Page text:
I'm a new user of MumPy so forgive me if this is a FAQ. I would normally
check the list archives but I'm on holidays at the moment in Manila and
the speed of the Internet connection here does not permit much Web
I've been experimenting with using Gary Strangman's excellent stats.py
functions. The spped of these functions when operating on NumPy arrays
and the ability of NumPy to swallow very large arrays is remarkable.
However, one deficiency I have noticed is the lack of the ability to
represent nulls (i.e. missing values, None or NaN [Not-a-Number] in
NumPy arrays. Missing values commonly occur in real-life statistical
data and although they are usually excluded from most statistical
calculations, it is important to be able to keep track of the number of
missing data elements and report this. ecause NumPy arrays can't
represent missing data via a special value, it is necessary to exclude
missing data elements from NumPy arrays and keep track of them elsewhere
(in standard Python lists). This is messy. Also, it is quite common to
use various imputation techniques to estimate the values of missing data
elements - the ability to represent missing data in a NumPy array and
then change it to an imputed value would be a real boon.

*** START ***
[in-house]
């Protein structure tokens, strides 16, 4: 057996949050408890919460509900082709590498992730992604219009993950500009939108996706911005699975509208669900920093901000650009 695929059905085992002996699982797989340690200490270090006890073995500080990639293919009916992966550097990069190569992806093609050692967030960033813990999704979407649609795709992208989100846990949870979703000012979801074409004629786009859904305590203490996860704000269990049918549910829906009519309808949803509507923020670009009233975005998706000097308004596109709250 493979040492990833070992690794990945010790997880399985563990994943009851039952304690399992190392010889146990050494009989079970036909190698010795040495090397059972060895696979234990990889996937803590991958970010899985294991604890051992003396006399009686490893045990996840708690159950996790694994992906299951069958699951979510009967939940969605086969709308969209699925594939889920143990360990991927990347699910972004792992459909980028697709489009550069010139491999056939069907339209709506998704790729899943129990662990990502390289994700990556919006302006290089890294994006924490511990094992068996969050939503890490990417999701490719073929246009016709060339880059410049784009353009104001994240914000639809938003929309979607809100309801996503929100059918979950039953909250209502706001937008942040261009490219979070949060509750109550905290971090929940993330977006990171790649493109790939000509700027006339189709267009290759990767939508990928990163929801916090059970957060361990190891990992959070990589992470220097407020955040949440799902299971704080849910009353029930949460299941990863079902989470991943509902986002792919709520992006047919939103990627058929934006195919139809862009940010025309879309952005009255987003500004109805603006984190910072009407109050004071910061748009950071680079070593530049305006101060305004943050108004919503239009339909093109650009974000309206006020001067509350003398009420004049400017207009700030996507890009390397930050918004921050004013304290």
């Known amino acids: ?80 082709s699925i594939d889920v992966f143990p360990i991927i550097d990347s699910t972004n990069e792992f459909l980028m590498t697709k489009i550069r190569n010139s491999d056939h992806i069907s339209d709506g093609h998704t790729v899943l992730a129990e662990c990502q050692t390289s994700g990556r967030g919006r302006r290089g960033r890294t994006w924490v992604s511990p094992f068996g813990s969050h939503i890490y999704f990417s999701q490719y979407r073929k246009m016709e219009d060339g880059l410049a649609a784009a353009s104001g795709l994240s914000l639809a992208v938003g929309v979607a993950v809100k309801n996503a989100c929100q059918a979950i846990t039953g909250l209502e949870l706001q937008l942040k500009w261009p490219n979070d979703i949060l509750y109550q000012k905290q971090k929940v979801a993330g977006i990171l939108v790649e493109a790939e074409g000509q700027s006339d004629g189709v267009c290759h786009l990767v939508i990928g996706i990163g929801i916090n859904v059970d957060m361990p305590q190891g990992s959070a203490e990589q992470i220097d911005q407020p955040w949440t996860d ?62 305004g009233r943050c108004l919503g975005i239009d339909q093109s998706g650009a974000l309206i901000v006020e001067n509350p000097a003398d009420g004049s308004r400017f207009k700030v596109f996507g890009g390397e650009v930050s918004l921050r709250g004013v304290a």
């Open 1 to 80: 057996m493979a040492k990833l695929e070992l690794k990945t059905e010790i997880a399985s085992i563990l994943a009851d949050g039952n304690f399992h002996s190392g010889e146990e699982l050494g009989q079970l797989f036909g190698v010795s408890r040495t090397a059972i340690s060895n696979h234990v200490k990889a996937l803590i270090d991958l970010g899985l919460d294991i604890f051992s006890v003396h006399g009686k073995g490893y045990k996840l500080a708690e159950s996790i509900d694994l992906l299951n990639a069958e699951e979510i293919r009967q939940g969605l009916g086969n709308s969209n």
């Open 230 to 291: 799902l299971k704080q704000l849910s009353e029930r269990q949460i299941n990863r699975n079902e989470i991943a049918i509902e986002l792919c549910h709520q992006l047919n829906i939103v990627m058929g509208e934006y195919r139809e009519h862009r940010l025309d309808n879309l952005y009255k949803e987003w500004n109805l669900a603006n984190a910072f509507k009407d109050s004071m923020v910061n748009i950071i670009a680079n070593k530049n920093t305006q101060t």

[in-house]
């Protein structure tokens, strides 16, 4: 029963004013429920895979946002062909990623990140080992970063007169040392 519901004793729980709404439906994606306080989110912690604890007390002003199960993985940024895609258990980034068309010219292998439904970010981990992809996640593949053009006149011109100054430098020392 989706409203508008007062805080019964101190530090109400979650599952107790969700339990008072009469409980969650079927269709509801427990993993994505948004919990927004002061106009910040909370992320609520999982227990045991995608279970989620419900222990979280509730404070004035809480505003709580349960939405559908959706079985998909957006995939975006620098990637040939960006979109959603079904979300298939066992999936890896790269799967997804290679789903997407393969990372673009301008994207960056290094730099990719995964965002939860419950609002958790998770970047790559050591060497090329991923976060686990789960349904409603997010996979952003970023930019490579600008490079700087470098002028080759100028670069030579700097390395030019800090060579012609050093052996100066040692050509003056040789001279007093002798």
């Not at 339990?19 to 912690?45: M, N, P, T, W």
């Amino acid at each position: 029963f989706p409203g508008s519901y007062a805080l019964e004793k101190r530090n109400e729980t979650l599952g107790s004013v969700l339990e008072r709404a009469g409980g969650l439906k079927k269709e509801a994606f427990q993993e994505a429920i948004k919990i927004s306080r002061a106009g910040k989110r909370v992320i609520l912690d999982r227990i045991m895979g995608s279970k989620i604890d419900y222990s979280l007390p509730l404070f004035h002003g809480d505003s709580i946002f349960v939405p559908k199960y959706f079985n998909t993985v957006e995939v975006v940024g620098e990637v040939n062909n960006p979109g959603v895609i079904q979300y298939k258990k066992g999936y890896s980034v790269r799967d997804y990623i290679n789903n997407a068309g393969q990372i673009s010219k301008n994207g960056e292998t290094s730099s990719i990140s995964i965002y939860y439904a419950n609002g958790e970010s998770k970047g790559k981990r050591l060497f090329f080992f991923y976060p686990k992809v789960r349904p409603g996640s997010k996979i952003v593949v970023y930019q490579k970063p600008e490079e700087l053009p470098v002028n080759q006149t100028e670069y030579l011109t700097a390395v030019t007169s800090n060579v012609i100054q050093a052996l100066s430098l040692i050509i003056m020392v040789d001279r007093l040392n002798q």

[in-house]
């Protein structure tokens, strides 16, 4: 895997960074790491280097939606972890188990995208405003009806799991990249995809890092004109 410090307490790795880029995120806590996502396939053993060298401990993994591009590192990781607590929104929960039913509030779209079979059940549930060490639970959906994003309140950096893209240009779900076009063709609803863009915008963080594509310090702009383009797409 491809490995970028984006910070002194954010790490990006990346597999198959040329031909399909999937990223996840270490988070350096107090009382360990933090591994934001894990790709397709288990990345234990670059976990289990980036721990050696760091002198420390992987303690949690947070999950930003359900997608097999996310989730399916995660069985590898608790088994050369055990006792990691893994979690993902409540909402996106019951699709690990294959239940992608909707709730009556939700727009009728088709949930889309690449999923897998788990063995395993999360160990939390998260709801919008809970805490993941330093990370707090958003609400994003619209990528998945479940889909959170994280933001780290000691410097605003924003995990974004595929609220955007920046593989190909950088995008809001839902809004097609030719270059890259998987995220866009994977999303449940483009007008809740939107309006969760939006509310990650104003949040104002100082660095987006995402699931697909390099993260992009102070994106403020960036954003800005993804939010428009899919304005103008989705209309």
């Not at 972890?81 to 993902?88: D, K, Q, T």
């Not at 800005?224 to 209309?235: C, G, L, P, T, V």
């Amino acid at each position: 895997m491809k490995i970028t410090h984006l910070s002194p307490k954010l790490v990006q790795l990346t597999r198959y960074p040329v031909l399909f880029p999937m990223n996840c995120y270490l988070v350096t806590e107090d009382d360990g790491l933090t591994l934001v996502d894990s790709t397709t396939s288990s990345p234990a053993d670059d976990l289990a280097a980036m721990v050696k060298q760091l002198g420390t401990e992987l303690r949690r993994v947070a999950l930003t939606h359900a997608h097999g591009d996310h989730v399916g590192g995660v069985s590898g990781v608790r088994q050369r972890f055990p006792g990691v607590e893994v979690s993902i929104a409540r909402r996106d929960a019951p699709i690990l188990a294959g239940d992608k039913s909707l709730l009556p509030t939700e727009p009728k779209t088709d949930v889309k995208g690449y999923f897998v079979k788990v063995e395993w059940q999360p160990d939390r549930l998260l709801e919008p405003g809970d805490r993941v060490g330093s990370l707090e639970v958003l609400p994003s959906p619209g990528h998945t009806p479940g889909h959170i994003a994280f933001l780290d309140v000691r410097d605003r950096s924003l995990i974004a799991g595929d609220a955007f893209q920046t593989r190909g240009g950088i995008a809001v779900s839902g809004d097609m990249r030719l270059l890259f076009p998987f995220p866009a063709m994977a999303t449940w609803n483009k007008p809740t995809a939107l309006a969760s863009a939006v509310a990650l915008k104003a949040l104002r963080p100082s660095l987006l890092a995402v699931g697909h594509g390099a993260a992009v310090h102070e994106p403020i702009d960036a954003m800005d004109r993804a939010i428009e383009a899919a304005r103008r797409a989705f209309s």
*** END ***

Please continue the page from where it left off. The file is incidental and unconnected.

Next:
. The speed of these functions arelightning-fast.
The problem is the speed with which data can be extracted from a column
of a MySQL (or any other SQL database) query result set and stuffed into
a NumPy array. This inevitably involves forming a Python list and then
assigning that to a NumPy array. This is both slow and memory-hungry,
especially with large datsets (I have een playing with a few million
I was wondering if it would be feasible to initially add a method to the
_mysql class in the MySQLdb module which iterated through a result set
using a C routine (rather than a Python routine) and stuffed the data
directly into a NumPy array (or arrays - one for each column in the
result set) in one fell swoop (or even iterating row-by-row but in C)? I
suspect that such a facility would be much faster than having to move
the data into NumPy via a standard Python list (or actually via tuples
within a list, which i sthe way the Python DB-API returns results).
If this direct MySQL-to-NumPy interface worked well, it might be
desirable to add it to the Python DB-API specification for optional
implementation in the other database modules which conform to the API.
There are probably other extensions which would make the DB-API more
useful for statistical applications, which tend to be set
(column)-oriented rather than row-oriented - will post to the list as
these occur to me.
PS I will be away for the next week so apologies in advance for not
replying immediately to any follow-ups to this posting.